Yetunde’s father was disgusted as he sized the man talking to his daughter in the market. He could not believe his eyes. Were they deceiving him? Why were they telling him that his third daughter was eating chicken with a man and blushing as they talked?
The eyes were even now adding the extra information that the man she was talking to was a beggar. He made a mental note to see his optician the next day. He must be overdue for new lenses.
Mr Balogun was not a fool. He looked closer. He had lived on this Earth for fifty-eight years. He knew this game he was witnessing very well. He had played it himself in his younger days.
Of course, what his eyes were seeing was not ordinary, anger welled up inside him. This was certainly not the scene of the-privileged-helping-out-the-homeless.
He parked his car to survey the situation more closely. His daughter was not getting out of this one. What was wrong with Yetunde and dating homeless men!
Iya Caro, his neighbour had reported this kind of news to him before and he had talked to Yetunde about it. She had seemed remorseful then until now. Had she been deceiving him all along? No, this was not the same beggar of that day.
The beggar was laughing heartily. Mr Balogun cringed. The beggar had three missing teeth and plaques all over the rest. He must have never brushed a day in his whole life. Mr Balogun eyed his clothes. He would not even use them to clean his car even if he was paid in dollars.
As he watched, the beggar leaned in to kiss his daughter. She did not refuse his advance but was leaning over. Caught in the horror flick his eyes were showing him, he did not know when he shouted, “Yetunde!”
His baby girl jerked aside recognising the voice of her father but as she straightened to seek him in the little crowd of Abbott street, all she saw was his back as he entered his car and zoomed off.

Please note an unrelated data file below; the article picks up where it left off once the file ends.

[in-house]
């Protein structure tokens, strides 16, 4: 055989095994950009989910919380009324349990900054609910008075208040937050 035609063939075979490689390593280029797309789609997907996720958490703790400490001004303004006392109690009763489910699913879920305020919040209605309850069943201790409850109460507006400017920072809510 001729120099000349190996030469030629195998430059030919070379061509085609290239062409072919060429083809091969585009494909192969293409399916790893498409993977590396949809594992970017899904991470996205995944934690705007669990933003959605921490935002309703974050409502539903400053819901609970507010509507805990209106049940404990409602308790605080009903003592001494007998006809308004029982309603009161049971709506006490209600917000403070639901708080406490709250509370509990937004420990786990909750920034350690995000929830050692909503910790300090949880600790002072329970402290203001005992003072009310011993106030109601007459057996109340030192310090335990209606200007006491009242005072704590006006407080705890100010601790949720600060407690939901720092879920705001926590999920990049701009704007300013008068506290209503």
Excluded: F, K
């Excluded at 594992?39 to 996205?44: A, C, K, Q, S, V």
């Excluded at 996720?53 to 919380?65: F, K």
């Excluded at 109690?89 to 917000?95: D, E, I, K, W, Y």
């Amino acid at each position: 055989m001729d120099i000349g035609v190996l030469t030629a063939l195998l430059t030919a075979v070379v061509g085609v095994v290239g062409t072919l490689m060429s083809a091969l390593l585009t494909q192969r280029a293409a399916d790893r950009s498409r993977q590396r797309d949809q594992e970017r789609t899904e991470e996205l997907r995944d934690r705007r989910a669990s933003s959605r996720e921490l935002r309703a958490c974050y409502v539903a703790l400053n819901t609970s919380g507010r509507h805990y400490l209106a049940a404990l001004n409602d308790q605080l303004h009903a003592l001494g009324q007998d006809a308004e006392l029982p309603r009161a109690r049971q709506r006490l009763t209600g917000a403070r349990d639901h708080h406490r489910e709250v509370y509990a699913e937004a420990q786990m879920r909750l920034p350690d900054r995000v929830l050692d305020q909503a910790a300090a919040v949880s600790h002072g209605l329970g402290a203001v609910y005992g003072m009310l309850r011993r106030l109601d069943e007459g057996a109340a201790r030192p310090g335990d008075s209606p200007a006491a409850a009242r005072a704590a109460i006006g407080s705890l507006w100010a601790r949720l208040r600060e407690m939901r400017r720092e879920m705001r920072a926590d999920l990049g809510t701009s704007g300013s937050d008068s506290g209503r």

Thirty minutes later, Mr Balogun is sitting across two people. He had expected Yetunde to run home crying and pleading but the foolish child had returned with the beggar too. Her initial words were still echoing in his head, “Dad, this is the man I want to marry. I love him very much and he loves me too.”
Mr Balogun’s gaze rested on his daughter but Yetunde refused to meet his eyes. He noted the stubborn set of her jaws. He knew pouring hot water on this man like he did the last one won’t work again. He dragged his mind back to what the ugly fool sitting in front of him was saying…
“I’m not your father in Jesus name,” he snapped baring his teeth.
The boy did not make the mistake again.
“Mr Balogun, it’s true what she said. I love Yetunde so much. She’s all I think about since the day I met her. I have what it takes to care for….”
Mr Balogun couldn’t take any more rubbish spewing from the boy’s mouth or maybe it was the stench so he cut in.
“How long have you been begging on the streets?”
He saw the man’s shoulder rise in pride, “Thirty years sir”. I was born there. My mother used to beg at Ikeja but when she born me, we moved to this side”.
He placed his hand over Yetunde’s on her lap and continued, “Don’t worry sir, I know all the tactics to this job. The clothes I wear alone always gather enough sympathy for more alms.”
“I see, uhm, ever gone to school?” Mr Balogun shook his head, “That’s a silly question. Forget.”
“Sir, I know you may not like me yet but I can take care of your daughter.”
“And how do you plan to do that?”